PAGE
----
Oath of EnlistmentUpdated: August 10, 2020
What is the Oath of Enlistment? This practice has its origins in antiquity, though not in the form we currently know in the U.S. Armed Forces.
There are formal oaths, such as the Oath of Office the President must swear on Inauguration Day, and there are more informal oaths such as the one uttered by Shakespear’s King Lear, who famously swore, “I will have such revenges…I will do such things—What they are, yet I know not, but they shall be the terrors of the earth!”
Famous artworks from previous centuries also commemorate the concept of the military oath. Jacques-Louis David painted “Oath of the Horatii” in 1784, depicting a group of warriors pledging loyalty to Rome before going into battle. It’s a famous work among art lovers, with an example hanging in the Toledo Museum of Art in Ohio.
The Oath of Enlistment is definitely a more formal oath and is considered binding until the end of the enlistment or commission the oath is made for. Officers and enlisted members alike swear the oath, though it is not standardized across all types of military service. There are slightly different oaths for members of the Reserve components. We’ll examine these below.
A Brief History Of The United States Military Oath Of Enlistment
The very first oath approved in the United States happened thanks to an act of Congress in September 1789 and was intended for all commissioned officers, non-commissioned officers and privates in the service of the United States military.
Doing the math, it’s easy to see that the colonies did without an official oath of office from 1776 on–some 13 years without this tradition in place. Or does it?
An Oath For The Revolution
At the start of the Revolutionary War, there were indeed oaths established by the Continental Congress such as this one, approved in 1775 during the creation of the Continental Army:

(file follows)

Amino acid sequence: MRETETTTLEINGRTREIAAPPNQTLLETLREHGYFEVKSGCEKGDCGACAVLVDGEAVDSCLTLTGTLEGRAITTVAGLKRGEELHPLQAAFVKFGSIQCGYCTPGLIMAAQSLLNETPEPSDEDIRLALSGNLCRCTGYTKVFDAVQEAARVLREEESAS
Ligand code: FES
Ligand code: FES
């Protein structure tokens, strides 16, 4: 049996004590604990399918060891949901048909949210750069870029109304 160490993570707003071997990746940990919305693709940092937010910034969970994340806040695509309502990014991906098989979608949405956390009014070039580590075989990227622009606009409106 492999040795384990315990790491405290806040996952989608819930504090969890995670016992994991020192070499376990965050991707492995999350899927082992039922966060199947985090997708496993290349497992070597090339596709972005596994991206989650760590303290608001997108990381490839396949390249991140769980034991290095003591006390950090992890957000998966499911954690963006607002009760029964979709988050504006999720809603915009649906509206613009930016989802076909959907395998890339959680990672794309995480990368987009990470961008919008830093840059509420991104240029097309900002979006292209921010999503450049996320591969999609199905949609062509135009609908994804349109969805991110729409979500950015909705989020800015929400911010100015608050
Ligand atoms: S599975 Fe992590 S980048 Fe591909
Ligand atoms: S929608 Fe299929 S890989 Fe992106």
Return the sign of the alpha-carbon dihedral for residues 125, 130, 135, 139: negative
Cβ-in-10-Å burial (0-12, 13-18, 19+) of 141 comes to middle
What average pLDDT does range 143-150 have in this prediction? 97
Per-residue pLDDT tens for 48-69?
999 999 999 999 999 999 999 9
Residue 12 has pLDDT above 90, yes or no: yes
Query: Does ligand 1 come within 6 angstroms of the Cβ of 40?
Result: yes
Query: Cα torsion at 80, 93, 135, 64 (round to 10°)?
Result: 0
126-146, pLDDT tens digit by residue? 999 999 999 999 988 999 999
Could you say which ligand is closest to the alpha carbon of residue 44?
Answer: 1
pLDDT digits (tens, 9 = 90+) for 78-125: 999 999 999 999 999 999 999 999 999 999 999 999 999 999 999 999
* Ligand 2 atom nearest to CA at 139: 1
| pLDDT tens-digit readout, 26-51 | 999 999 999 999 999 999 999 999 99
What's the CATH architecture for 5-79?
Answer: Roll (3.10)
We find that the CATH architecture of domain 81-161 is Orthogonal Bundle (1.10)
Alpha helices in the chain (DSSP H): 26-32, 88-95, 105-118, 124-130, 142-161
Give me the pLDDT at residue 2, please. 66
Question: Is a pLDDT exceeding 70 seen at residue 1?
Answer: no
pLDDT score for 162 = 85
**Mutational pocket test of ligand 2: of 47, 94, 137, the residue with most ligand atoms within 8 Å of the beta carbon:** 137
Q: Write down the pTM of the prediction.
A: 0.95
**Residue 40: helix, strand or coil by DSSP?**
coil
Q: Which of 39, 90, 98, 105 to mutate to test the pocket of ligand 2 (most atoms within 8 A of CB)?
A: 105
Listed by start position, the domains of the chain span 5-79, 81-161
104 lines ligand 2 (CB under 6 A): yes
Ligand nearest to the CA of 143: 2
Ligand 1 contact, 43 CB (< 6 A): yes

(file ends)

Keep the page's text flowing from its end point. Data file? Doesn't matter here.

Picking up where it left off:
“I _____ have, this day, voluntarily enlisted myself, as a soldier, in the American continental army, for one year, unless sooner discharged: And I do bind myself to conform, in all instances, to such rules and regulations, as are, or shall be, established for the government of the said Army.”
Swearing To Obey
The absence of a line pledging to obey the President of the United States was obviously not “a thing” at this time since the office hadn’t yet been established. But General George Washington took the Oath of Office in April of 1789, a few short months before the new military Oath of Enlistment would be created.
The Oath would go thru a variety of changes over the years for some, but the enlisted version would persist until 1950. For officers, a tweak to the oath in 1860 reads as follows (the emphasis in this quote below is ours):
“I, _____, appointed a _____ in the Army of the United States, do solemnly swear, or affirm, that I will bear true allegiance to the United States of America, and that I will serve them honestly and faithfully against all their enemies or opposers whatsoever, and observe and obey the orders of the President of the United States, and the orders of the officers appointed over me, according to the rules and articles for the government of the Armies of the United States.”
Another change in 1962 made the officer oath quite a bit longer and a bit more complicated. Those revisions included adding lines including an affirmation that the officer-to-be has “never borne arms against the United States since I have been a citizen thereof; that I have voluntarily given no aid, countenance, counsel, or encouragement to persons engaged in armed hostility thereto.”